Waterloo Engineering alumni and a student reflect on the Montreal MassacreBy Charlotte Danby Faculty of Engineering
It has been 33 years since a gunman shot and killed 14 women at the École Polytechnique de Montréal on December 6, 1989. Below, two Waterloo Engineering alumni and a current student reflect on what the attack continues to mean for them as women in engineering.
’We must never grow complacent’
Sandra Ketchen (BASc ’92, chemical engineering) is the President and CEO at Spectrum Health Care. She was the same age and studying the same engineering program as many of the Montreal Massacre victims and remembers the horror and grief of that day vividly.
I was on a co-op work term when I heard about the shooting.
I couldn’t believe that 14 women were killed because they were female students, 12 of whom were studying engineering.
For the first time in my young life, I realized the extent of evil and cruelty that exist in the world. Horrific is the word that still comes to mind - it was a very emotional time.
I was lucky to grow up in a family that encouraged me to become whatever I wanted to be. Being good at maths and science, I decided to study engineering like my older brother. Today, more young women are choosing to study engineering, challenging the traditional status quo with some much-needed diversity.
Women make great engineers and so do men. Men make great nurses and so do women. Whatever the profession, everyone deserves the freedom to choose how to use their talents, decide who and what they want to be, and pursue their passions. More pragmatically, research shows that encouraging different ways of thinking and approaching problems delivers better outcomes at work.
Let the important memory of the 14 women killed 33 years ago remind us that we must never grow complacent, that we must pay attention to fostering diversity and inclusion and continue to strive for greater equity - for all - in our profession.
’I feel strongly about the need for women to support women’
Jodi Menezes (BASc ’13, chemical engineering), works in medical device sales at Johnson & Johnson. She first learned about the Montreal Massacre in her first year at Waterloo.
There was - and still is - a lot of righteous sadness, anger and frustration on this anniversary. For me, it calls to mind all the women all over the world who have lost their lives to or experience gender-based violence.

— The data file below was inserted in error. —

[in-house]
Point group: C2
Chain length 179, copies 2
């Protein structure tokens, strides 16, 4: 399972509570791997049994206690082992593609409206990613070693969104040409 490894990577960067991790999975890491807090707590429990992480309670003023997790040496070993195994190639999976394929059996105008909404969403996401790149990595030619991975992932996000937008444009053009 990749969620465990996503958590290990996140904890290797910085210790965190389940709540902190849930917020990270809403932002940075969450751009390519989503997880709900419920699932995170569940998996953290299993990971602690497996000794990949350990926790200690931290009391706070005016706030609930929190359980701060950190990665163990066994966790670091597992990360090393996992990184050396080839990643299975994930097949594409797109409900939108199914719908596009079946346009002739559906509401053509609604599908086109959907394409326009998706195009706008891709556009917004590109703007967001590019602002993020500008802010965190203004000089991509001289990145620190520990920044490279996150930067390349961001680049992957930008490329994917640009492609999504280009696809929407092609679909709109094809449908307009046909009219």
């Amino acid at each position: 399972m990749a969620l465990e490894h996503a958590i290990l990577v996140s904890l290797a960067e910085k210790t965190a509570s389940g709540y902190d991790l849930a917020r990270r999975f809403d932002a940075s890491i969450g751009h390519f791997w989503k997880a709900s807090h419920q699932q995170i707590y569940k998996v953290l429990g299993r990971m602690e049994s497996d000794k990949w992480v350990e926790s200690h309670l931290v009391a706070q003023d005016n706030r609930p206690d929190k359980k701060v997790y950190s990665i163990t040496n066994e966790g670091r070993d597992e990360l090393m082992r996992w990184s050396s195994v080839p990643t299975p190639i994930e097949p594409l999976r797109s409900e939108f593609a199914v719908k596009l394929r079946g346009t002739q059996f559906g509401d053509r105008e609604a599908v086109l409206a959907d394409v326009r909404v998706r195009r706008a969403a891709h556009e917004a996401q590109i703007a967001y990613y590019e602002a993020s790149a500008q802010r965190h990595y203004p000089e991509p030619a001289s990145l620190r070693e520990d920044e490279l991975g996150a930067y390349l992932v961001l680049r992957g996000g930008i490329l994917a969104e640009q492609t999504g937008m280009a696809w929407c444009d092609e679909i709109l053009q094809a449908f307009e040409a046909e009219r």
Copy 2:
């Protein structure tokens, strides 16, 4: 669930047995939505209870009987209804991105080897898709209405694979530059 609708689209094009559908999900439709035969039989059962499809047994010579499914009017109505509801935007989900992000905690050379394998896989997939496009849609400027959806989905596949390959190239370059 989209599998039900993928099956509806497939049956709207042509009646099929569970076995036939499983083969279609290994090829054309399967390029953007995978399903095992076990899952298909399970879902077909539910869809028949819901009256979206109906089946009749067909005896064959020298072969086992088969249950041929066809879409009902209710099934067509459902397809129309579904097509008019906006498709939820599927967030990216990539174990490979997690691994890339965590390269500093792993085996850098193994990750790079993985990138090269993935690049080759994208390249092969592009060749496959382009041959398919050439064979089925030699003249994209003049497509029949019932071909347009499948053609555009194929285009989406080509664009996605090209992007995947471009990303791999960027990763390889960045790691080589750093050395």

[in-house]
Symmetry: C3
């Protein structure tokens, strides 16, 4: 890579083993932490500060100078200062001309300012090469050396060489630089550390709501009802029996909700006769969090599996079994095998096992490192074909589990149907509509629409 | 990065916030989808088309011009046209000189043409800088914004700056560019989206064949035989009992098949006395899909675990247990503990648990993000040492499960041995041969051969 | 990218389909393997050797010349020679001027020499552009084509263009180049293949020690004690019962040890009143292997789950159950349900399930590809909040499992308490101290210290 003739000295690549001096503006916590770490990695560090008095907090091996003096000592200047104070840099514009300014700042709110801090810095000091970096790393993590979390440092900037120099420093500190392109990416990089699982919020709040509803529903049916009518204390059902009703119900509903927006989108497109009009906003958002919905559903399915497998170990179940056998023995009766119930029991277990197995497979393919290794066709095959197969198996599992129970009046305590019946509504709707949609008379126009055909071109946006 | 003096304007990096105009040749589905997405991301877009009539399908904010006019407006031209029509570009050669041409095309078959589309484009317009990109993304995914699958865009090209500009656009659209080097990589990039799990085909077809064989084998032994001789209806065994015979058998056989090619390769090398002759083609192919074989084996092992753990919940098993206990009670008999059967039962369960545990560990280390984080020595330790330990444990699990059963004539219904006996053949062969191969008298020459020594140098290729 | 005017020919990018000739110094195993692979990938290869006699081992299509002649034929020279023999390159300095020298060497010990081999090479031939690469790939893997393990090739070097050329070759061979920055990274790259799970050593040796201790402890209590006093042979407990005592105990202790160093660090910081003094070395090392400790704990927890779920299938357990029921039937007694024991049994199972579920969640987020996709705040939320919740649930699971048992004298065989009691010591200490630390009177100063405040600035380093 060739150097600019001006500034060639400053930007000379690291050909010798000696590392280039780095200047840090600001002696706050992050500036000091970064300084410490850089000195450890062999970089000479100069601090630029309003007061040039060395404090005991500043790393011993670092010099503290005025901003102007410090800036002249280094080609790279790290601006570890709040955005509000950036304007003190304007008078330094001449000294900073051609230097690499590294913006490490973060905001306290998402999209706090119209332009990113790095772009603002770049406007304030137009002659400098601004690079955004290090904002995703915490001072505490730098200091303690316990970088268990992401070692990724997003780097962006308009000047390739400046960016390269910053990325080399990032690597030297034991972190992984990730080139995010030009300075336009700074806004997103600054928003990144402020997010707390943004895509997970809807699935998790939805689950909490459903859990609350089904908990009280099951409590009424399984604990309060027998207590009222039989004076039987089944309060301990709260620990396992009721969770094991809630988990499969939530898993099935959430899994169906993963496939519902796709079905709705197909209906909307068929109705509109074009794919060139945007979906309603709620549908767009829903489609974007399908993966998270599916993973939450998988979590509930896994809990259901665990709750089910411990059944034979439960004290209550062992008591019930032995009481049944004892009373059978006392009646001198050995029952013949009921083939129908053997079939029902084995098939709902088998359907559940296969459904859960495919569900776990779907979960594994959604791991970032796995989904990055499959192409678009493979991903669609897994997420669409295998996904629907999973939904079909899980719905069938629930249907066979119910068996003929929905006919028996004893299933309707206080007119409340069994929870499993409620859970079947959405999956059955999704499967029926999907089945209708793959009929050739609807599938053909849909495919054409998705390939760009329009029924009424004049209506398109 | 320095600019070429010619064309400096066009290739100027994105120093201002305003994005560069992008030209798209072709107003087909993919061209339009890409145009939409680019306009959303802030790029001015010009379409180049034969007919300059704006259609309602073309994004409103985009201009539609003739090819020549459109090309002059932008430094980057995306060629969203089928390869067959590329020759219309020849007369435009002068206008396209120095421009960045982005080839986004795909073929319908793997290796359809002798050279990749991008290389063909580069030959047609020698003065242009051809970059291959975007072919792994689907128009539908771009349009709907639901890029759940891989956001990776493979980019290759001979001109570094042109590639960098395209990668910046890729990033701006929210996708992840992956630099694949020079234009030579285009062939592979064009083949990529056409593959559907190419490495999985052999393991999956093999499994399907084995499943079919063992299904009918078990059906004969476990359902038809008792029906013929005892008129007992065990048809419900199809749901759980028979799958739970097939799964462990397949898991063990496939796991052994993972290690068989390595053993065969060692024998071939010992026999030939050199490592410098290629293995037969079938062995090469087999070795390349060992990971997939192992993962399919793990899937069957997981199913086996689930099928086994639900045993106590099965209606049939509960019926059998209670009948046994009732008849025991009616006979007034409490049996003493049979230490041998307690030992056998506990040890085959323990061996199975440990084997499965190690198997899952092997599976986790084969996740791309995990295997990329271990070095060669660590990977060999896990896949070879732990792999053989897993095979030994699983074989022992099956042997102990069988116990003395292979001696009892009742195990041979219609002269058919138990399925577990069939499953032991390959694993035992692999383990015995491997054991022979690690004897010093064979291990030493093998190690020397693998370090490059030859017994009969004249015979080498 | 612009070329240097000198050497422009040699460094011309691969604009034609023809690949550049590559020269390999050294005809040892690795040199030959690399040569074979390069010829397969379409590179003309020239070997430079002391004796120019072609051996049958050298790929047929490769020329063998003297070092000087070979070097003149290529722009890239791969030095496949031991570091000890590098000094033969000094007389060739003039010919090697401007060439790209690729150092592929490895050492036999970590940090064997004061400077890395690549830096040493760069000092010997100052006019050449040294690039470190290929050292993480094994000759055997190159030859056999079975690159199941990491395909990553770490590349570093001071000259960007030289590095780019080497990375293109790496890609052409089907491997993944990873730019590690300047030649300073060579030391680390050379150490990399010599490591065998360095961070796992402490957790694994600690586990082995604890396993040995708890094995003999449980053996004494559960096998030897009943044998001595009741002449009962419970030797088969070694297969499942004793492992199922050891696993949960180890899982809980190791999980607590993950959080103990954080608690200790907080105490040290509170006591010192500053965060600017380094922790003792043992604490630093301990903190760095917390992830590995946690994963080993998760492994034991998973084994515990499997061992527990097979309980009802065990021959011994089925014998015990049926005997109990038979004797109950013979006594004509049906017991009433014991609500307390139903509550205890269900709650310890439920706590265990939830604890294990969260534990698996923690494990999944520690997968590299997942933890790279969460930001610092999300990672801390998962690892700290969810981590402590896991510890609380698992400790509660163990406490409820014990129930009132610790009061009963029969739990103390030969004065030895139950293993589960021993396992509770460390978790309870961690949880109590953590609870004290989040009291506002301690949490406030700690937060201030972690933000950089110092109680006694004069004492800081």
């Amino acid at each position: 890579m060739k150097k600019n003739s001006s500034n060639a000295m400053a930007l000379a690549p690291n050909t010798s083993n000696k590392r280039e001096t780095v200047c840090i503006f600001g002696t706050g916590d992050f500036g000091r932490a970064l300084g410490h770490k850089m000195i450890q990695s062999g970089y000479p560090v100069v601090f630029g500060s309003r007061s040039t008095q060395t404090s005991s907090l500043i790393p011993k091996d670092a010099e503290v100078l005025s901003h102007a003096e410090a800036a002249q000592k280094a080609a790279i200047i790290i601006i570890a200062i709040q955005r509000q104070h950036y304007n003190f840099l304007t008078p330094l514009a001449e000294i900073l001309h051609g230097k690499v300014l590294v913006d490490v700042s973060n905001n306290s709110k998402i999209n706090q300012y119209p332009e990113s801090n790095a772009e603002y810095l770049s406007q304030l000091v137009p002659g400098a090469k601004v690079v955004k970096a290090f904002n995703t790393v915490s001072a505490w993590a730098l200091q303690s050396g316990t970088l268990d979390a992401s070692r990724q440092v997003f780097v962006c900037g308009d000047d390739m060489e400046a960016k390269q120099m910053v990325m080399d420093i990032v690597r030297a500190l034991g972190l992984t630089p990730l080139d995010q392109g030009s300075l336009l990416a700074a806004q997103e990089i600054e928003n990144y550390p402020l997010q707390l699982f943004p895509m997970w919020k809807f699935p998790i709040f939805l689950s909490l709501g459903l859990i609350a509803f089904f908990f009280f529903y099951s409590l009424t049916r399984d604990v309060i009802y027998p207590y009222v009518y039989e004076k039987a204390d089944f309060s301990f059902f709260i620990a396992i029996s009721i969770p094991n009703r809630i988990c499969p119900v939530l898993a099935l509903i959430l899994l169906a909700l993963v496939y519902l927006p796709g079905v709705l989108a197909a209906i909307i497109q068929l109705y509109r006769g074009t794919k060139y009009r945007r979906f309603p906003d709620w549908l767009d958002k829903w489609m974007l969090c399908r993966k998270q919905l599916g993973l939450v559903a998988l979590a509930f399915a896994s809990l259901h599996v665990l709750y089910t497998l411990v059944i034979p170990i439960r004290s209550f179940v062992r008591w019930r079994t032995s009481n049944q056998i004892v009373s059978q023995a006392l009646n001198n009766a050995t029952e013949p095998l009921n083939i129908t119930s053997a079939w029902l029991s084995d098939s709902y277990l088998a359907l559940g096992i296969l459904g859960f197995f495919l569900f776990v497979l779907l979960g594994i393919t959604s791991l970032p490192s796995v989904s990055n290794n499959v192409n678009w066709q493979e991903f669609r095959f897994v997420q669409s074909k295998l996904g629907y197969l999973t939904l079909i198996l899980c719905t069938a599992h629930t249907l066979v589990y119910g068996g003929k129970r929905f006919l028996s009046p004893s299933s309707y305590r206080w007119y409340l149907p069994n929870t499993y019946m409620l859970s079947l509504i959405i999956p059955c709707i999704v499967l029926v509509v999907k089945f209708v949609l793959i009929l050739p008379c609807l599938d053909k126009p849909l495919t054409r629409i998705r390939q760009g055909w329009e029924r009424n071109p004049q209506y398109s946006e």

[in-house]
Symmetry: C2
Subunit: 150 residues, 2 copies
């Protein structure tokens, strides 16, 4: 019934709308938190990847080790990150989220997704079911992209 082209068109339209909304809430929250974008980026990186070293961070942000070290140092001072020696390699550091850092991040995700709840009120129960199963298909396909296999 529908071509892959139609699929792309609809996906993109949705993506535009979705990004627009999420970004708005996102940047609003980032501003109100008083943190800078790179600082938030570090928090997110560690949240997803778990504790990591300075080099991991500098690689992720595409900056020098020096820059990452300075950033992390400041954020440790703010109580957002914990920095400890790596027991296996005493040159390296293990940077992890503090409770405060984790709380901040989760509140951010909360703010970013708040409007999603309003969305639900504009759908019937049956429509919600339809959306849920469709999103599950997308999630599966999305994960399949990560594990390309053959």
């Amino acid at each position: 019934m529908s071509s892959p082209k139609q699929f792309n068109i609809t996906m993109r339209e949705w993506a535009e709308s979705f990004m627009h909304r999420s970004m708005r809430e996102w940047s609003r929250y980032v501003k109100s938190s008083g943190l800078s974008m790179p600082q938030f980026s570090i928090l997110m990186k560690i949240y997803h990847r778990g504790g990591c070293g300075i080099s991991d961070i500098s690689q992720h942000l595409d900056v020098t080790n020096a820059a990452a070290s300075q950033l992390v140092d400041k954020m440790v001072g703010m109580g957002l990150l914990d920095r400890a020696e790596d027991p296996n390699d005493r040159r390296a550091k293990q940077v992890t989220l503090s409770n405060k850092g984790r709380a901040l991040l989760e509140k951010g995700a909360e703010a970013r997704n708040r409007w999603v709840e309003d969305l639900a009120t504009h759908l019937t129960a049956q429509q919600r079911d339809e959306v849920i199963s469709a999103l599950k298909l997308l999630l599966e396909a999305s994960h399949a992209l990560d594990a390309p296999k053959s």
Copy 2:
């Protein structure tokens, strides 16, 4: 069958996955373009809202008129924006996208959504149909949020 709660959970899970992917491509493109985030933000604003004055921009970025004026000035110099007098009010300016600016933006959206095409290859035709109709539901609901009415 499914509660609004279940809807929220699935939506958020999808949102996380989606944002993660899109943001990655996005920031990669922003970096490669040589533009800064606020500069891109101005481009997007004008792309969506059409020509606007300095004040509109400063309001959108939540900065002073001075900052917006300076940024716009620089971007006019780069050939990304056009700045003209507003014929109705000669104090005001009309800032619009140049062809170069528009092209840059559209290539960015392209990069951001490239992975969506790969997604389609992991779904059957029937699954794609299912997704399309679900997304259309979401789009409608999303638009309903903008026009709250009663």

Three decades later, from abortion bans in the United States to state violence in Iran, women are still being punished for the choices they make.
We’re doing much better at encouraging women to study engineering but I question if we are doing enough to facilitate their success in the workplace. Across professions, employers in industry, government and academia are actively recruiting women to meet their diversity targets but many are struggling to retain them.
This leaky pipeline problem exists primarily because women still carry the burden of domestic care work. To see more women hold senior management positions, employers need to do better at understanding women’s social and familial responsibilities and provide practical support, like equal pay, subsidized, on-site daycare and proper paternity leave.
I also feel strongly about the need for women to support women. Nobody gets ahead without help. We need to open our networks, share advice and celebrate each other’s successes. What better way to revere and remember all the women who have been punished for their choices than by working together to protect our freedoms.
’When we have champions, we’re more likely to excel’
Nusayba Sultana is a fourth-year chemical engineering student at Waterloo. She remembers feeling shocked when she first heard about the Montreal Massacre and learned that its antifeminist motivation was downplayed in the immediate aftermath of the attack.
I first heard about the Montreal Massacre at school. I read up on it and was impressed by the feminist voices at the time that called for the attack to be viewed through an antifeminist lens.
Thanks to them, the mass shooting is very much remembered as an attack on women, which is important.
So much has changed for the better over the past three decades. By the time I was in high school, there was a big push for women to do STEM (science, technology, engineering and mathematics) subjects. My teachers encouraged me to study engineering, so I looked into the field and was attracted by its potential to do work that delivers a positive social impact.
The number of women engineers is growing but the field itself hasn’t quite caught up, yet. Take safety boots and other personal protective equipment, for example - there are so many options to fit a range of men’s sizes, but not so for women.
Women engineers belong. We deserve to be here. Our designs, innovations and solutions add balance to the world by providing an alternative perspective. But when the boots don’t fit, we might doubt that we fit. I truly believe that our confidence will grow as our voices unite. There is strength in solidarity.
I am grateful to all the people whose efforts and attention have given me and my generation more freedom, more choice. But we still have a lot of work to do - gender-based violence is a very real threat in many people’s lives and workplace discrimination still exists.
I love being a woman, and an engineer, with all its challenges. I know first-hand that when we have champions, we’re more likely to excel. I want to be a champion for future generations of engineers - and work with people who are making society a better place for everyone.
Go to Recognizing women engineers for Dean Mary Wells’ reflection on the Montreal Massacre and the need for women in engineering.